The paper is organised as follows: Section 2 provides review of relevant literature, Section 3 outlines the methodology, in Section 4 we demonstrate our main findings and Section 5 concludes the paper.

2. Review of Literature 2.1.

The importance of risk management

According to Martellini (2010) the raison d’etre of the investment industry is not to generate alpha or design complex structured products, but to serve investors‟ needs by helping them find solutions to their problems, i.e. provide diversification through asset allocation, and hedging and insurance through adequate risk management. Bender and Nielsen (2009) argue that a successful investment process requires a risk management structure that addresses multiple sources of risk, for instance market risk, sector risk, credit risk and interest rate risk amongst others, which calls for portfolio risk decomposition analysis. The authors lay out a „best risk management practice‟ framework, that rests on 3 pillars: risk measurement (using the right tools accurately 3

to quantify risk from various perspectives), risk monitoring (tracking the output from the tools and flagging anomalies on a regular and timely basis) and risk-adjusted investment management (uses the information from measurement and monitoring to align the portfolio with expectations and risk tolerance). Therefore, portfolio management that relies on successful application of risk management tools and monitoring is of essence for investors. This study aims to assess whether asset management firms in the aftermath of the initial financial crisis period act in accordance with the three principals outlined by Bender and Nielson (2009).

Within asset management industry, the importance of managing risk becomes even more evident since equity portfolio returns are maximized by using different hedging strategies. The review of the literature on hedging can be found in Judge (2006), who emphasizes that the rapid growth in the studies on hedging over the last decade is motivated firstly by the development of a theoretical framework and secondly by the availability of public data. Recent developments in accounting standards regulation have resulted in an increase in the quantity of risk management data and an improvement in the quality of data disclosed in financial statements. These developments have acted as a catalyst and facilitated the recent growth in empirical studies (e.g. Goto and Xu 2010). The empirical examination of hedging theories has been hindered by the general unavailability of data on hedging activities. Until recently, information on a firm‟s exact position in hedging and its methods of hedging (for example, use of derivatives) was closely guarded because it was deemed to be of strategic importance to that firm. It is only recently that firms have been encouraged to disclose information on their hedging policies and their methods of hedging in their annual reports. In the absence of this information, most of the earlier empirical studies used survey data to examine the determinants of corporate hedging (Nance, Smith and Smithson, 1993 and Dolde, 1995). As disclosure of hedging practices in financial reports improved several studies began to search reports for qualitative disclosures (see for instance Francis and Stephan,1993, Wysocki, 1996, Mian, 1996).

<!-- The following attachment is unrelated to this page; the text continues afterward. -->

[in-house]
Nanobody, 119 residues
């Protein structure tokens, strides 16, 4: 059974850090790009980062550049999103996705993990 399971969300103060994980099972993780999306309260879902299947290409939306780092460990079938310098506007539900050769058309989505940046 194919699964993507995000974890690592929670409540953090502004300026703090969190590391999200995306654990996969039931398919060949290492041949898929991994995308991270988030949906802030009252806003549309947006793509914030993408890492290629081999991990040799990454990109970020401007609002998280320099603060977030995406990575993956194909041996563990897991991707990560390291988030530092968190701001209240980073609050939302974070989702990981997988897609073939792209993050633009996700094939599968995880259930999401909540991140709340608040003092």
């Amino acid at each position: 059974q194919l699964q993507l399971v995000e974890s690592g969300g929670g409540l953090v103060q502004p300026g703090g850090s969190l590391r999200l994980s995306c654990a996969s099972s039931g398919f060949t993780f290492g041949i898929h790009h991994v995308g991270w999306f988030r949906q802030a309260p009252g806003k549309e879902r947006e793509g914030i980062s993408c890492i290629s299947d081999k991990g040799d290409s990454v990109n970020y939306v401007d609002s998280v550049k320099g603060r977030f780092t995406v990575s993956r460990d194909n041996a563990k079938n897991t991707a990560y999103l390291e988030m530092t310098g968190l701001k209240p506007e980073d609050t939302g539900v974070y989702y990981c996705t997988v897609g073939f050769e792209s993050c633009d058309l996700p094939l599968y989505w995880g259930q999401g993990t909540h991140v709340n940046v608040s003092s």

Large number of investors incorrectly assumes that that the purpose of risk management is to minimize risk, and that this may erode their potential returns (Litterman, 2003). In fact, equity portfolio risk is a necessary driver of returns and investors/portfolio managers with strong risk management controls ought to feel 4

comfortable targeting and maintaining a higher overall level of risk, thus leading to higher, rather than lower, returns over time. According to Litterman (2003), portfolio managers need to address three main considerations within their risk components: 1) country/sector/large, mid, small capitalization/high, low beta 2) risk objectives and 3) the long-run rate of return of the portfolio. These components are critical in defining portfolio‟s risk profile. Furthermore, the author recognizes the relevance of both the implementation and monitoring of portfolio asset allocations relative to that of the benchmark, as nowadays most of the equity mix within an equity portfolio is conditioned to the benchmark. Since this research focuses on risk management within active equity portfolios, we aim to investigate to which extent the active risk (implied by overweighting equity positions relative to the benchmark) is monitored.

2.2.

Problems within risk management

Brandolini et al (2000) identify three key reasons why asset managers have insufficient risk management practices: 1) Institutional investors manage third party funds so eventual liabilities are those of other people; 2) Losses, therefore, have no immediate impact on the balance sheet of an institutional investor and 3) Most fund managers are concerned with returns relative to a benchmark instead of absolute returns so their portfolio risk analysis often ignores broad market downturns, like those witnessed in 2008.